Let me first get something out of my system, so to speak.
Oh, I understand that the meetings we stage need content. I just don't want to deal with it. Every time we get involved in it, it doesn't matter what a great job we've done on a multi-camera system. It doesn't matter that we managed to light this seedy, low-ceilinged ballroom so well it looked like the Academy Awards. It doesn't even matter that our A1 has 26 wireless mics mixed so well they could be used by the Mormon Tabernacle Choir.
It seems nothing else matters when the marketing department "logo and font police" come down on you. You all know the ones, they're the ones that don't understand why "Zapf Baloney Extra Demented" is not a font choice in your character generator. Or who want to hold a PMS color chip up next to a projected image and can't understand that reflex colors aren't available in NTSC.
So it's problematic for me that there's a new addition to the meeting that drags us back toward content responsibility, webcasting. Today's integrated webcasting tools, whether software or hardware based, require that we be involved with integrating the client's content into the webcast, often converting their slides, graphics and video to new formats, and changing them somewhat in the process. Oh, we don't have to go through this just to put up a PowerPoint slide, but we do if we're going to allow the webcast to get very sophisticated, like adding interactivity. And most of our clients seem to want to.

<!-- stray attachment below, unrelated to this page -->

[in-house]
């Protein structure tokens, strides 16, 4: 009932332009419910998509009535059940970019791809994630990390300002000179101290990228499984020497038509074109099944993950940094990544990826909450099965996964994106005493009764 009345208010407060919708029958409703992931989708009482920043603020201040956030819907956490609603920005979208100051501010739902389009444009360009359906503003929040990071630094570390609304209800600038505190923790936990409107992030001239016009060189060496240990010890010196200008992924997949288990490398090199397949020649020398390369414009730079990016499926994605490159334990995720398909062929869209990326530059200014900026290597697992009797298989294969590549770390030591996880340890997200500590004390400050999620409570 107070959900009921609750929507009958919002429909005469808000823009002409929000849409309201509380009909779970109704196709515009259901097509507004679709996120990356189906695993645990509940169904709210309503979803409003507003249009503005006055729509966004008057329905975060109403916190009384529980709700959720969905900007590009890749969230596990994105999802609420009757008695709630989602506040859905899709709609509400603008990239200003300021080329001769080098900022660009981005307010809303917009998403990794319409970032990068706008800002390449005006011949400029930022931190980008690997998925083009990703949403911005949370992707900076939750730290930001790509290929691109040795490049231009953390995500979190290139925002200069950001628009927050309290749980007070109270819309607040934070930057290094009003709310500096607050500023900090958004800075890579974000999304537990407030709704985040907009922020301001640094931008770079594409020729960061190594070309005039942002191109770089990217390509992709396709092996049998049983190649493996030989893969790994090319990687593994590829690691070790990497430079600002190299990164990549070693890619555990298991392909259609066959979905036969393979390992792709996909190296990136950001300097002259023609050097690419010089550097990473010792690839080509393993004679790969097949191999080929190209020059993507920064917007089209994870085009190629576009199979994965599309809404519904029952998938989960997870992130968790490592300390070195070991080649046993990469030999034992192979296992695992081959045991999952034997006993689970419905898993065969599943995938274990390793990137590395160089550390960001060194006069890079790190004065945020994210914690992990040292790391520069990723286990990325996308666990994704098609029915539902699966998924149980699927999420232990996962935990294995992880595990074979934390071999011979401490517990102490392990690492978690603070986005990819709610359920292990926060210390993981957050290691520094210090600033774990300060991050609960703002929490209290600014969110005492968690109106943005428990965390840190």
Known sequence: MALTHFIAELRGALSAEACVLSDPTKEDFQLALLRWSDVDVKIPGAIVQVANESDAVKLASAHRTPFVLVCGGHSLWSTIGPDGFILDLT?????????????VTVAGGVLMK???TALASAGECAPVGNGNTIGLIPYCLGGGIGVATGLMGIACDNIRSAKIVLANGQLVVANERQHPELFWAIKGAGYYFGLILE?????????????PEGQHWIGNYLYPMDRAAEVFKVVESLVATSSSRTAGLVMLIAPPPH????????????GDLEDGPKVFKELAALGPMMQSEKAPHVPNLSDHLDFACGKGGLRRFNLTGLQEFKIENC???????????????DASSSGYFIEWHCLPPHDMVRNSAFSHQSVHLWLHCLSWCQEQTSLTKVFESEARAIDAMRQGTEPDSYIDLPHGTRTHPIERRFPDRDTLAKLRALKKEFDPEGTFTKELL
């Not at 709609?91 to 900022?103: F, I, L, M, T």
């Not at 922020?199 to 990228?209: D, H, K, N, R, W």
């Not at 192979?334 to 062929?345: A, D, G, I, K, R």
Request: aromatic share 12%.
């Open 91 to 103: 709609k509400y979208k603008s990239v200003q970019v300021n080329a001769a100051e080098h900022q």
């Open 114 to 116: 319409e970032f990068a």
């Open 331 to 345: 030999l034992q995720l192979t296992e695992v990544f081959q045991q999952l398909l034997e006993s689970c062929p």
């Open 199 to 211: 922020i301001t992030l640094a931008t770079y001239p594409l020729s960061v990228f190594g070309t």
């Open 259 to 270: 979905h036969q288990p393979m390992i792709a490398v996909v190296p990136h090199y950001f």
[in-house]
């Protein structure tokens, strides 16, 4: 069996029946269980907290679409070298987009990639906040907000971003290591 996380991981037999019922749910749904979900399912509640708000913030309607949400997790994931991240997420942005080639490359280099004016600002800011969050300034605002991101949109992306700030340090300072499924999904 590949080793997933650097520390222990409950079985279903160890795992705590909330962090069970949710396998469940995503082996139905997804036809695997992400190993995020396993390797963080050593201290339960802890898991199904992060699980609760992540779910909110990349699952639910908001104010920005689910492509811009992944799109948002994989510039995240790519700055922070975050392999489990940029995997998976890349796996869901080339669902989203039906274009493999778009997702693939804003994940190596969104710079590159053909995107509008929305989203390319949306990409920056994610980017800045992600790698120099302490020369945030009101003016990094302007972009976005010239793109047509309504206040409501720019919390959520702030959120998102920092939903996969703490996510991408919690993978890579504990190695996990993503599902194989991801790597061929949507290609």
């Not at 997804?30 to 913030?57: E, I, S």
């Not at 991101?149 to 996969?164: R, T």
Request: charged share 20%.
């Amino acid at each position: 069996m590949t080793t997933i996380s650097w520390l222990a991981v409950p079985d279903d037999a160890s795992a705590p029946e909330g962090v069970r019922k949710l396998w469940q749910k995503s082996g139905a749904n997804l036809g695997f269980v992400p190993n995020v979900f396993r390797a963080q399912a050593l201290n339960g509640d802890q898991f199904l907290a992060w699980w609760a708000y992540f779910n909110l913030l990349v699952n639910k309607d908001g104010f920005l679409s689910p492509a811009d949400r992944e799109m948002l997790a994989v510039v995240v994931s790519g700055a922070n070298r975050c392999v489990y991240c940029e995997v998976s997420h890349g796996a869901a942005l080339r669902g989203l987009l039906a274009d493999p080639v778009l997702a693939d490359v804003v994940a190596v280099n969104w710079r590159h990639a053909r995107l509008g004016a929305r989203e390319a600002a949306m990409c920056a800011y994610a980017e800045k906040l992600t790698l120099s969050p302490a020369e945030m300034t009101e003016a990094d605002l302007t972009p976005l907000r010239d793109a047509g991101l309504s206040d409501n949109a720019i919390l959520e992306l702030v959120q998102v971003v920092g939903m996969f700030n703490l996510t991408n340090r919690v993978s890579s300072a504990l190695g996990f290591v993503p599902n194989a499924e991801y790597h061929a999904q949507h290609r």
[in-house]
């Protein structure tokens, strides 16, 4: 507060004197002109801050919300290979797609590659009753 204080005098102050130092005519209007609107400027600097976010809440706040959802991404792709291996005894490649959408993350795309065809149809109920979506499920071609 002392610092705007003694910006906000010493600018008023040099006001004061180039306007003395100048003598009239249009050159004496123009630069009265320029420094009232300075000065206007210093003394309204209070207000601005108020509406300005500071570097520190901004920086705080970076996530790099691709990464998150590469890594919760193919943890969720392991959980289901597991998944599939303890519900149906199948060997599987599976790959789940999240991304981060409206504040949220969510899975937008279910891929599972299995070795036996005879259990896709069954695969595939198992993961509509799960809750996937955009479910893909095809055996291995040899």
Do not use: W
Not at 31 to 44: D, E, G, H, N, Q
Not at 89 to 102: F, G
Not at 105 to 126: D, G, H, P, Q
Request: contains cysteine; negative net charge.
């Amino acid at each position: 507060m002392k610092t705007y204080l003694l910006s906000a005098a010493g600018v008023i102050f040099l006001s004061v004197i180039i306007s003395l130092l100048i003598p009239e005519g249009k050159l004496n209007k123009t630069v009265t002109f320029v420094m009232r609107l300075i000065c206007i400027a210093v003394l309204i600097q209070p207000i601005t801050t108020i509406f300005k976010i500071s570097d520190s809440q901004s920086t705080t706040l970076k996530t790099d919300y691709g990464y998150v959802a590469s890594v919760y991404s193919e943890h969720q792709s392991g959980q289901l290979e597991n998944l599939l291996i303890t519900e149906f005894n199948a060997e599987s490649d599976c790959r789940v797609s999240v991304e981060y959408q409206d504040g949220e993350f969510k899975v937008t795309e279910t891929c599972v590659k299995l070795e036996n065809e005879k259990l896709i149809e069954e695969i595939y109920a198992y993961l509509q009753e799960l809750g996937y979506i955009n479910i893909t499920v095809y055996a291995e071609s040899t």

That being said, the new tools have added new capabilities to the live side of the staging event, as well as the webcast. Easy overtitling, compressed video windows, management of multiple cameras, and 3d transition effects have all gotten easier and less expensive. One of the best packages I have worked with lately is Wirecast Pro, from Vara Software. Because it allows multiple-layered CG moves in real time, we were able to do a number of ESPN-type crawls and graphic effects to the in-room video, as well as the webcast, for a recent corporate event. Now, none of these are things we couldn't do before, given the right hardware and operators. It's just that none of them were things we could do with $500 worth of software running on a MacBook Pro. And it achieved something I've wanted to do for a long time, webcasting integrated with the in-room video, without racks of complicated servers and scan converters.
It seems that lately, although there are hundreds of choices for how we integrate a remote audience into a show, the available tools break down into three general categories:
1. Mobile racks of webcasting tools and servers, integrated by individual companies, mostly for their own use. Almost all the earliest purveyors of webcasting services worked this way, because they had to.
2. Integrated show-and-webcast-in-a-box solutions, where the server, effects and switching are built into a single unit. Grass Valley, Sony, and NewTek have all introduced this type of box, with varying levels of capabilities and varying levels of success.